The Free-Reed Review
Critiques of Compact Discs, Books and Music Scores

CD Review: Richard Hunter
The Act of Being Free in One Act

CD Image

total time: 39:03
released: 1995

label: Turtle Hill Productions
PO Box 651
Monroe, CT 06468-0651
Telephone: (203) 459-9939

Richard Hunter, harmonica


  • Hunter: Peppermint Life
  • Reed/Monk: Bright Lights, Big City/Let it Roll/Blue Monk
  • Hunter: The Longing
  • R.Bissex: Never Go Back
  • Ellington: In a Sentimental Mood
  • Hunter: Big 17
  • Hunter: Winter Sun at Nobska
  • Traditional: When Johnny Comes Marching Home
  • Hunter: Hymn for Crow
  • Ben Tucker: Comin Home Baby
  • Kern/Hammerstein: Old Man River
  • Little Walter: Too Late
  • Hunter: Rock Heart
  • Hunter: Golden Mel

Review by Robert Karl Berta:

I always look forward to a recording of harmonica music. While my own primary instruments include organ, keyboard, accordion and MIDI accordion, I also enjoy playing harmonica occasionally. In the hands of a true virtuoso the harmonica is capable of incredible things. But sadly it is also capable of boring, poorly performed music in the hands of an incompetent. Luckily for us Mr. Hunter comes through with not only fine playing but also proves himself to be a fine composer and arranger in the selections included here.

The recorded sound of the CD is excellent. The only criticism I have is that at only 40 minutes in length, the recording is a little short. How about filling out more of the CD next time, Richard? The CD liner notes come through with fine graphics, accurate and complete information and are tastefully done. The only thing missing from the liner notes is a more extensive bio of the performer. When you are this good you should tell us a little more about yourself!

The selection of tunes is nice and the pacing of the CD well done. A couple of tunes like the first one, "Peppermint Life," are illustrative of the dynamics the musician is capable of using very effectively. There are some Blues tunes that have become the signature type of music for harmonica, but Richard does a good job of bringing some refreshing treatment to the music. While you will hear some harmonica cliches like note bending, etc., they are done with taste and very appropriate to the music. Likewise the moving treatment of the Ellington tune, "In a Sentimental Mood," was very satisfying. I could imagine this tune being played in a dark smoky bar, the musician playing his heart out and causing all the listeners to get a tear in their eye with remembrances of past loves.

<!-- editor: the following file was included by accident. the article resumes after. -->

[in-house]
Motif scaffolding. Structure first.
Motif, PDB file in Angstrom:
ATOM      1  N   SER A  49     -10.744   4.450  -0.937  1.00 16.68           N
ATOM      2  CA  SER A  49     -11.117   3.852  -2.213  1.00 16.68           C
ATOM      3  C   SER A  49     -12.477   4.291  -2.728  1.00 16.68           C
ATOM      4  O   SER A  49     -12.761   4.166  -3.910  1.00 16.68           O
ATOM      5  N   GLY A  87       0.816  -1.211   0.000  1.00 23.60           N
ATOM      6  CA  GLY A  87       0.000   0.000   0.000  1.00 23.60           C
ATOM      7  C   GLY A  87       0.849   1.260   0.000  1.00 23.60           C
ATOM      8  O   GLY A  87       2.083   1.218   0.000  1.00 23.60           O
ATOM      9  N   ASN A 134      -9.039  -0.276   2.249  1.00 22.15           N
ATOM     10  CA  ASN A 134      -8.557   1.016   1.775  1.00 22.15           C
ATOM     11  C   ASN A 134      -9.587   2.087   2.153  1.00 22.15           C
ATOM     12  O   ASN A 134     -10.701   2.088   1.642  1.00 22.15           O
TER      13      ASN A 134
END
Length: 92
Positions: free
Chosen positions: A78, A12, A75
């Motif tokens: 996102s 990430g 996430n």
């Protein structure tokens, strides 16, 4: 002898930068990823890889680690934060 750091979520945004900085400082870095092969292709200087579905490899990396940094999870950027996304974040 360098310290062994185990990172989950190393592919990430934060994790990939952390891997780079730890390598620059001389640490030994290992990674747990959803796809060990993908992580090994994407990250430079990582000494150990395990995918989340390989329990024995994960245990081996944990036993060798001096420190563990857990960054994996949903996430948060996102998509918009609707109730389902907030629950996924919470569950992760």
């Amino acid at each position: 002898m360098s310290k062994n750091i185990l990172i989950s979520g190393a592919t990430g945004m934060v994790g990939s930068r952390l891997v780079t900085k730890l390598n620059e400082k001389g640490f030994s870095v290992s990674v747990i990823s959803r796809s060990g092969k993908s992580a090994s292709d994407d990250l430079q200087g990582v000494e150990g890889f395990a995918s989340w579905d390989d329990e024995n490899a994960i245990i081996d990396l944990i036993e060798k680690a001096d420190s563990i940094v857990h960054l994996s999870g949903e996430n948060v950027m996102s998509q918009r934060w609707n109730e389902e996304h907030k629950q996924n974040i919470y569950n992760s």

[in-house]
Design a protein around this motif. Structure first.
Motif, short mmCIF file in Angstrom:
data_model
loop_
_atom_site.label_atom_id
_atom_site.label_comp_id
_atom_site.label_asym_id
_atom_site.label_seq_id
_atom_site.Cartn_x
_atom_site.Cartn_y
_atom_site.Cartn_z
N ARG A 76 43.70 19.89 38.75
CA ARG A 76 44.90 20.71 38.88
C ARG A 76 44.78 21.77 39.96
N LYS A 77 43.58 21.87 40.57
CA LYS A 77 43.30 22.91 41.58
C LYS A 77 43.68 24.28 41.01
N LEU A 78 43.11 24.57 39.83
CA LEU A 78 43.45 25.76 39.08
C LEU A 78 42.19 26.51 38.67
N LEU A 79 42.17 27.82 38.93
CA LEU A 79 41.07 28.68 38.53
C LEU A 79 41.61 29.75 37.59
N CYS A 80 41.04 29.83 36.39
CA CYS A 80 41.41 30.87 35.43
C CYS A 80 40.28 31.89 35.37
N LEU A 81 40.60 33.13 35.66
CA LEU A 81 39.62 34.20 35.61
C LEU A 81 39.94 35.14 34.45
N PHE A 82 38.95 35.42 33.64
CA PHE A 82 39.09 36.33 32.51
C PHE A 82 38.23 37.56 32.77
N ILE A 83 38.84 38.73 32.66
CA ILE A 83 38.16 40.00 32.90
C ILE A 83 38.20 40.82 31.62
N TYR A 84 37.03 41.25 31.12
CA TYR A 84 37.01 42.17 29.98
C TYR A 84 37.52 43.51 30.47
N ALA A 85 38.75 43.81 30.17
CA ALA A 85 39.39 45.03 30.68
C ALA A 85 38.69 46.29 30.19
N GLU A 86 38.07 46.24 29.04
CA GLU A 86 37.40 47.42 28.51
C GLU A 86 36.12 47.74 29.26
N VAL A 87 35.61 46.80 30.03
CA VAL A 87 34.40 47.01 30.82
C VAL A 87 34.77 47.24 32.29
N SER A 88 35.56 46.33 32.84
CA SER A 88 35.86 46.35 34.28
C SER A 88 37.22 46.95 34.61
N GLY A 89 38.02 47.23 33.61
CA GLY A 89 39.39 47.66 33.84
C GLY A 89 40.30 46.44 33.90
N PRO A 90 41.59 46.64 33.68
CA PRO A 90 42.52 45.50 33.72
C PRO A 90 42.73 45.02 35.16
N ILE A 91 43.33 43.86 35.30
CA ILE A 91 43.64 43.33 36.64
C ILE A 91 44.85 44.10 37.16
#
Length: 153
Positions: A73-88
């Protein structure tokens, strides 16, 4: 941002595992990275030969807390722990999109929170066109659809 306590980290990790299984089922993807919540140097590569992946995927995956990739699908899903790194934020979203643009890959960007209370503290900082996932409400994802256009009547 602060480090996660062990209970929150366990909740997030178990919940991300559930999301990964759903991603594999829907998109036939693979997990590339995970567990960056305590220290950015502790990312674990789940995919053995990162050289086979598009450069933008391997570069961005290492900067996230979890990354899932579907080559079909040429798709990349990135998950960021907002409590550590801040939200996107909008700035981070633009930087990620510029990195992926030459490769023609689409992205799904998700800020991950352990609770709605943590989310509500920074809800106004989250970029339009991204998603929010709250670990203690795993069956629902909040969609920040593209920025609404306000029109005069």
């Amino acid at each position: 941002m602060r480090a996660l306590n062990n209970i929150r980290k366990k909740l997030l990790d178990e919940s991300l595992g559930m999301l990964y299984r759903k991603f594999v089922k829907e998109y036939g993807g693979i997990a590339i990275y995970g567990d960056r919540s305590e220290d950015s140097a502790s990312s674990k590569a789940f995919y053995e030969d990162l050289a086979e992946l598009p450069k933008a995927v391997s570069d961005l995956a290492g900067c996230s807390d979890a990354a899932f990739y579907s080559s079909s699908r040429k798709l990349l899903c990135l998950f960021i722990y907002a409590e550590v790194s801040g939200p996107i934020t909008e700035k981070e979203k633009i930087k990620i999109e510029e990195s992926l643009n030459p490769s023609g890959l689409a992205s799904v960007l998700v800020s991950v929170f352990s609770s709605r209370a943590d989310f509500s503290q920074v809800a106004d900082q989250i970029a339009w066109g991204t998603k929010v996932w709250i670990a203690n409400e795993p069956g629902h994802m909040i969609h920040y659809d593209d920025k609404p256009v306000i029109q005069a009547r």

One of Richard's own compositions titled "Winter Sun at Nobska" was an excellent piece that reminded me of a tone poem. The exploration of the sounds and nuances of his harmonica were used to very good effect in a most interesting piece.

One piece that will be familiar to most listeners was "When Johnny Comes Marching Home." Richard's performance of this old, well-weathered tune did a great job of giving the impression that Johnny was indeed marching home.

The standout on this CD for me was "Old Man River," that wonderful Kern & Hammerstein tune from Show Boat. I admit I have a certain fondness for Broadway musicals since I also play theatre organ. Historically, Show Boat was perhaps the first distinctly American musical. Prior to this, Broadway musicals were more fluff and dance numbers. Show Boat told a story and forever changed the face of the musical stage. Hearing Richard play this selection I could imagine the final scene where the beautiful baritone voice is heard singing the most famous piece and leaves everyone with shivers at the magnificence of this tune.

If you are an aficionado of the mouth harp or just wish to hear what can be done with this free reed instrument I can heartily endorse this CD. There is no backup instrumentation or fancy sound manipulation to mar the fine performance. You will simply hear a virtuoso performer playing harmonica in a very satisfying manner.

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